Automation - Results vs. Risk
Welcome to the future: where automation is advancing every day – from using mobile banking instead of working with a bank teller, to self-driving cars, self-checkouts and everything in-between. In today’s world, computerized systems provide predictable consistent results that simplify our lives. If we can get a robot to complete tasks for us, then we can better focus on other elements of our jobs – sounds great in theory, right? But what really happens when robots and humans collide?
Actually, there are rising numbers of significant incidents in automated manufacturing primarily because, while machines don’t fatigue – the humans working alongside them do. When we can’t keep up, the consequences can be dire.
What is automation?
Automation is the use of machines or software to complete repetitive tasks, dangerous tasks, or tasks that require considerable time, strength, flexibility and endurance. Machines can simply; lift, build, push, pull, and actively work for longer periods at a time with systems which use sensors and controls to measure, perform and function with little or no human interference.
Assembly lines are an obvious example of where automation may exist in a workplace – assisting in various parts of the production process. Also, prevalent in other types of work or facilities including; healthcare, pharmacy, wellsite, aviation, manufacturing, and more.
Automated systems affecting wellness
Automated systems may negatively impact workplace wellness. When personnel are rushing to keep up with machines it can create a negative energy and frustration leading to poor workplace culture. When personnel are distracted by their own physical or mental wellness issues, it can also increase incidents of strain, sprain, strike by/against, and other serious accidents.
Is automation making us lazy?
Although many of us don’t like to admit it, we’re not perfect. Human beings are prone to error and are likely to miss or skip critical steps in a process, despite our training or hazard controls.
Comparably, when we rely too much on machines to complete basic tasks, we lose those skills because we’re not periodically sharpening them. Consider something as simple as spelling or basic math – it’s generally a weaker skill in adults since those who are school-aged are generally practising those skills more regularly. Even the widespread use of systems like auto-correct have enabled us to become idle and complacent – because a digitized system is regularly correcting those things for us.
Consider a man in December 2020 who was accused of dangerous driving for sleeping and speeding in a self-operating Tesla travelling on highway #2 from Edmonton to Calgary. Police noted there was ‘no driver in sight’ before he was awakened and pulled over. Lucky to get away without having had any accident, it’s important to note that having a blind confidence in machines to perform can be deadly – if (and when) they do fail. My fear, as a safety professional is that each time we rely on tech without incident, the more we believe it’s infallible.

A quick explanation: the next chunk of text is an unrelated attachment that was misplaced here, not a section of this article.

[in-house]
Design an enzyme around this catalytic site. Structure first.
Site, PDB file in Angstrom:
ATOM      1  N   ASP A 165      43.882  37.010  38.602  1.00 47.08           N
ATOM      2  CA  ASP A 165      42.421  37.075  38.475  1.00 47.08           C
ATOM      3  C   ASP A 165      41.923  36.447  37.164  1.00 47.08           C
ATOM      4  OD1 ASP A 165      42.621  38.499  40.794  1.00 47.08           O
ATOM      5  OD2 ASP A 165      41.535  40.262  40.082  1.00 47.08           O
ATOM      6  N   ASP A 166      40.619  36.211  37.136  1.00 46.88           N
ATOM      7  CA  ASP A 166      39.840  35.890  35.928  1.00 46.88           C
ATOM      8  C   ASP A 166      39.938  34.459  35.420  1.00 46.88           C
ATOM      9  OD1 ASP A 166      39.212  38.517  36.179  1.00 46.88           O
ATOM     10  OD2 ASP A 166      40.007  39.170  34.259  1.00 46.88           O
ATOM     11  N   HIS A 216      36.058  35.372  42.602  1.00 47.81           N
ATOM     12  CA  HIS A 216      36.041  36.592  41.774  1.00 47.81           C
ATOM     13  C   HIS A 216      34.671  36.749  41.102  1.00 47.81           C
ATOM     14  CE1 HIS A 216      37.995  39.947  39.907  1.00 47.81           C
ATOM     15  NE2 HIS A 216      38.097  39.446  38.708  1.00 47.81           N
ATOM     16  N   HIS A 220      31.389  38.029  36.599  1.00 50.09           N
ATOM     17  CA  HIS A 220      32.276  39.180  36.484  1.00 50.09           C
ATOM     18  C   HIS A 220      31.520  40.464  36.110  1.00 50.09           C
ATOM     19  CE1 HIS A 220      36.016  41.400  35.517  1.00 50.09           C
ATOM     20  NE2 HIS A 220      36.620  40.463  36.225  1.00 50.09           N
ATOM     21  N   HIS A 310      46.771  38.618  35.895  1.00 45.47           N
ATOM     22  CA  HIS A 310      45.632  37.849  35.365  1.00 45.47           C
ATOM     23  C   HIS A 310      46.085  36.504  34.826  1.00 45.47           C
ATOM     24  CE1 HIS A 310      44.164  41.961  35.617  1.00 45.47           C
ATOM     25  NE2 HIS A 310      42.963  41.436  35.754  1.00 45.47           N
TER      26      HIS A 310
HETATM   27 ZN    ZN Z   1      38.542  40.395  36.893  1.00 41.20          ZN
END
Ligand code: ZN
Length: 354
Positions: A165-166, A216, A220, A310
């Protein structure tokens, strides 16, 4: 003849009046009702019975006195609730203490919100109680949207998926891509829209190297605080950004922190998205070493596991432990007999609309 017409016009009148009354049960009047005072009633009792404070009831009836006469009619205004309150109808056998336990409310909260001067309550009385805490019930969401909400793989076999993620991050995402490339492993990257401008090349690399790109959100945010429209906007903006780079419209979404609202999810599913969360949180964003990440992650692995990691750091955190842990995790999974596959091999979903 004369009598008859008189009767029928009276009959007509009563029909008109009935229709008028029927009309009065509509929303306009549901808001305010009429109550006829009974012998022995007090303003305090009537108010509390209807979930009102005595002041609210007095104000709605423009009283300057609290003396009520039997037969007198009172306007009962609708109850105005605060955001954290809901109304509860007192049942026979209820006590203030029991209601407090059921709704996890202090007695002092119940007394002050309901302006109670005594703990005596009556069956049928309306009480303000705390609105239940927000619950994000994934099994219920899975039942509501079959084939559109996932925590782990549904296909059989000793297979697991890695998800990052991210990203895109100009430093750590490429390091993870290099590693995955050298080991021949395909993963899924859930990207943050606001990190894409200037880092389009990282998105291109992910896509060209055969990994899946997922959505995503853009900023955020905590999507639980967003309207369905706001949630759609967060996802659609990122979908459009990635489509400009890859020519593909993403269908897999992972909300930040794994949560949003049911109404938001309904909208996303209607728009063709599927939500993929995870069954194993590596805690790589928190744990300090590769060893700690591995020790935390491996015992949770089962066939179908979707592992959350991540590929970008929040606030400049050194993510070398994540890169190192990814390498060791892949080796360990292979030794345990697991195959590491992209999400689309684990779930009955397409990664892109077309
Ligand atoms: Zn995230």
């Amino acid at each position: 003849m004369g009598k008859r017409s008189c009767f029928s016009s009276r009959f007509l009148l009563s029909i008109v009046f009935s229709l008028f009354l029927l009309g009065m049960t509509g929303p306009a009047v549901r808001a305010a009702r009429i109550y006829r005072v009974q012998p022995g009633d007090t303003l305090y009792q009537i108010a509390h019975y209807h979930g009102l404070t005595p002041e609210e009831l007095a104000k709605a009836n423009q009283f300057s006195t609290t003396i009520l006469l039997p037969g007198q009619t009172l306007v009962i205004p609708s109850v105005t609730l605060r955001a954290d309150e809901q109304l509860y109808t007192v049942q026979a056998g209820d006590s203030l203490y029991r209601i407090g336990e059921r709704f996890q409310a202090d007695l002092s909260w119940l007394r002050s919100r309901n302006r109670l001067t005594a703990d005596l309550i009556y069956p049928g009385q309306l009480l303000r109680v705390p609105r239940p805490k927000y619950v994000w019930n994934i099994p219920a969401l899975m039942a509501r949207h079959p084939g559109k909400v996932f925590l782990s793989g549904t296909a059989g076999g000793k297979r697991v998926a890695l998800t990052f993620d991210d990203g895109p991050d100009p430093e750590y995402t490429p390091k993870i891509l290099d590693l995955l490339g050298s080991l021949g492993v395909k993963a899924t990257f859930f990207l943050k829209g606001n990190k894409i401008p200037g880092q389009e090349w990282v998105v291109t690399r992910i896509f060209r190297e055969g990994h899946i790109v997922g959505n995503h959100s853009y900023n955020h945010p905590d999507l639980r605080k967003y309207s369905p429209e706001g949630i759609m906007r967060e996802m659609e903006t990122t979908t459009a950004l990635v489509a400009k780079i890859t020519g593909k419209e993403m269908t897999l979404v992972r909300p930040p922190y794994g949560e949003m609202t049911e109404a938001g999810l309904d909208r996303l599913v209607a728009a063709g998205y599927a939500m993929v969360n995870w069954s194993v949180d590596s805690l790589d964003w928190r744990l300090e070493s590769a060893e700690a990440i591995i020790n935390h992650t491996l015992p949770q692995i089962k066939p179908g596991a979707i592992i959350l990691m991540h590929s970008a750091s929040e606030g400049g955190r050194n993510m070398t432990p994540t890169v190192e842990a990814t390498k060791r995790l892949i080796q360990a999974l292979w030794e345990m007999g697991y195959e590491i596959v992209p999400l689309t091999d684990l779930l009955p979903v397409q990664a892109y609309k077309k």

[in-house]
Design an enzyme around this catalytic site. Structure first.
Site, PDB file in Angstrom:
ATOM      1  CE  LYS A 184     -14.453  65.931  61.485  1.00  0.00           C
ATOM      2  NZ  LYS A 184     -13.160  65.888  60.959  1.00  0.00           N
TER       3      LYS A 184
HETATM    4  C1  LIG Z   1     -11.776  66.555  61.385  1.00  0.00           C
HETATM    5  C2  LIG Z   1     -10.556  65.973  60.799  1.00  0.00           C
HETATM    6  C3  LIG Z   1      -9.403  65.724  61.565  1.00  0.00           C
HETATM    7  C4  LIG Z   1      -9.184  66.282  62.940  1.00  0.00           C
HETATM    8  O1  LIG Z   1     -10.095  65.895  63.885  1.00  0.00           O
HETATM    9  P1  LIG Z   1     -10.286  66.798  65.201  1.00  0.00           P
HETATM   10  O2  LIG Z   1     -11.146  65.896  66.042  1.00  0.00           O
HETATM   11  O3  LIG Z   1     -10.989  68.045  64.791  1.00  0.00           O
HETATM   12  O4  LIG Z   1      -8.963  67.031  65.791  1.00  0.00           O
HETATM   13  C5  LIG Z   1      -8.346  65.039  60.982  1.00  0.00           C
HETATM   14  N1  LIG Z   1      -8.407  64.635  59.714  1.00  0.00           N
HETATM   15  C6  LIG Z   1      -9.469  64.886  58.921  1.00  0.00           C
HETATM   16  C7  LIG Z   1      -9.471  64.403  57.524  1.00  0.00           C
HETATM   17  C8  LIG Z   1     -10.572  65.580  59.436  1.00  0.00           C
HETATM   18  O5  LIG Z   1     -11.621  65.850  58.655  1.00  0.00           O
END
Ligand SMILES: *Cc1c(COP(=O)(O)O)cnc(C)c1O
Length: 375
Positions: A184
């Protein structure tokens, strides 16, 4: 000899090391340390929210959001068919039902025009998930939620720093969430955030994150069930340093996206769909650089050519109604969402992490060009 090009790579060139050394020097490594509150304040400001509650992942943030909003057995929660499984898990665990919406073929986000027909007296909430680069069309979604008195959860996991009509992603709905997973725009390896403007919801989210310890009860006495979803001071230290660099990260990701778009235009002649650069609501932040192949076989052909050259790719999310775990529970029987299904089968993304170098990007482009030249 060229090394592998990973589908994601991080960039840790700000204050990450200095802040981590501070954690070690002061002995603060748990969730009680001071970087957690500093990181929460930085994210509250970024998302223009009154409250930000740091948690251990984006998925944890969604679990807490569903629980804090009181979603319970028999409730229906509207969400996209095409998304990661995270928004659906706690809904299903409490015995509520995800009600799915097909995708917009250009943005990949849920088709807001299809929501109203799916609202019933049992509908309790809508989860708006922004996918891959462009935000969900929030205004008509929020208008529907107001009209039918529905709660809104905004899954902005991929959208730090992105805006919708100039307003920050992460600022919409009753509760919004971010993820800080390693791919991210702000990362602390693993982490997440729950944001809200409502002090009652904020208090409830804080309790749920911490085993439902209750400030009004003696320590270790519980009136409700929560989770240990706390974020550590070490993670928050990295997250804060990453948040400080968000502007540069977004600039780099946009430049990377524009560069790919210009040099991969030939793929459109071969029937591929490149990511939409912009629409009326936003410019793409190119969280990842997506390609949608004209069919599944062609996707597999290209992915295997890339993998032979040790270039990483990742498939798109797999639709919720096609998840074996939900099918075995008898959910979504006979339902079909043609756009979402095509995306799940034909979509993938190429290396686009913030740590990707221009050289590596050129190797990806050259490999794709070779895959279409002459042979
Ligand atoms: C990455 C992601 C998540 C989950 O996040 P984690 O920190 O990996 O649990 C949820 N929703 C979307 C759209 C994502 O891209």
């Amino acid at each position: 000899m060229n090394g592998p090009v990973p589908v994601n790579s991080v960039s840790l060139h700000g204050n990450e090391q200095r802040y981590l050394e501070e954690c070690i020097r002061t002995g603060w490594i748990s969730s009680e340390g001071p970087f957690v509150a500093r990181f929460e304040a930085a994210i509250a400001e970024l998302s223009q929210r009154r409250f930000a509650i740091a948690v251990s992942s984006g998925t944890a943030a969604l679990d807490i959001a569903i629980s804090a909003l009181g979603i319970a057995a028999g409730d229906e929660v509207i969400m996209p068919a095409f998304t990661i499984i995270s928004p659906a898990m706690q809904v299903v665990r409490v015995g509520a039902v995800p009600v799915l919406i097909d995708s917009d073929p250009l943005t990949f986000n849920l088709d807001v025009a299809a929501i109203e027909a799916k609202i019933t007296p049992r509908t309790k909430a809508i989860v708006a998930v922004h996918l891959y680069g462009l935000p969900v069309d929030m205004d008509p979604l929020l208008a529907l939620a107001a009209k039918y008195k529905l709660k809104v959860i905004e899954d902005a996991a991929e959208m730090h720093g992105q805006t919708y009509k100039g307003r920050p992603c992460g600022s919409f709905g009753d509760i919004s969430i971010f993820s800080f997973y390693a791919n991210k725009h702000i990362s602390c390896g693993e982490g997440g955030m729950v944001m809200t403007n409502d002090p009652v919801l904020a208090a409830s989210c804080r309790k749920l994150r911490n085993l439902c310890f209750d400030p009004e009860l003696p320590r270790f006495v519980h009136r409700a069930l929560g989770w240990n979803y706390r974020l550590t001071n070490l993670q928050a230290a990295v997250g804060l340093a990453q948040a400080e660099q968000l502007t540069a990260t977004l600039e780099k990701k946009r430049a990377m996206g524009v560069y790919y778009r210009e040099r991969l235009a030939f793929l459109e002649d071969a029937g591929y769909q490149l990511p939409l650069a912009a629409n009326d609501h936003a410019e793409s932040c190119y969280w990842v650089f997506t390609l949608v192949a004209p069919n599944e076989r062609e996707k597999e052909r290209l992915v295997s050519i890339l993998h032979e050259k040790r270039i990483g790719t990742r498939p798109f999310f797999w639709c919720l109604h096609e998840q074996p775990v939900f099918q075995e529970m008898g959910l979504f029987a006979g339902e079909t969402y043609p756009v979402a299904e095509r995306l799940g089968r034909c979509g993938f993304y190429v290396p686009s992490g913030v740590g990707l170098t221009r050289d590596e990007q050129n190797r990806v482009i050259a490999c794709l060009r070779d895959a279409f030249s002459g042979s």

When sharing the workspace or tasks with machines, how can we best avoid incidents or errors?
- Complete formal risk assessments and pre-job hazard assessments.
Before implementing automated machines into your workplace, it is critical that a formal risk assessment be completed to identify all hazards related to the task(s), quantify those hazards, identify and implement controls, and quantify the mitigated risk. For best risk management, it’s also imperative to consider non-routine operations like re-programming, maintenance, testing, etc.
- Consult; Regulations, Industry Recommended Practices, and Manufacturer recommendations. It’s important to be familiar with enacted requirements, guidelines and operational strategies.
- Test these systems and get worker feedback. Oftentimes the best feedback we can get is from those on the front-line utilizing the systems we implement. Those immediately working with systems can highlight possible errors, hazards, obstacles, and help customize the solutions to best fit the job. This input may save on time and cost, while improving communication and morale.
- Ensure only qualified person(s) work on/with the automated systems. This includes confirming those who are new to the task/operation are fully trained in its use, care and maintenance.
- Competency assessments. Those who operate systems should undergo scheduled competency assessments to test their knowledge and to indicate instances of complacency, required re-training, or to certify as a system specialist.
- Adjust the pace. If the performance speed of your automation system is customizable, consider observing, testing, and surveying personnel to adjust the machinery’s response time accordingly. Incidents are more likely to occur when automated machinery is operating too fast or too slow as it relates to elements of human interaction.
- Keep up with requirements. Whether that be regular monthly inspections, pre-use inspections, hazard id’s pertaining to equipment, action items pertaining to hazards, preventative or repair maintenance. Well maintained systems are more likely to perform with maximum efficiency.
Chontell is a Certified Health & Safety Consultant at Rock Solid Safety Solutions with 10 years of industry experience and COR auditing expertise.
Safety blogger & self-proclaimed safety nerd.
‘My goal is to foster interest in safety management using innovative and creative solutions to reduce risk and refine systems. To encourage and motivate personnel toward successful involvement in safety program customization, team building, and promoting a positive safety culture. I believe all people can offer constructive contributions toward safety management for the greater good.’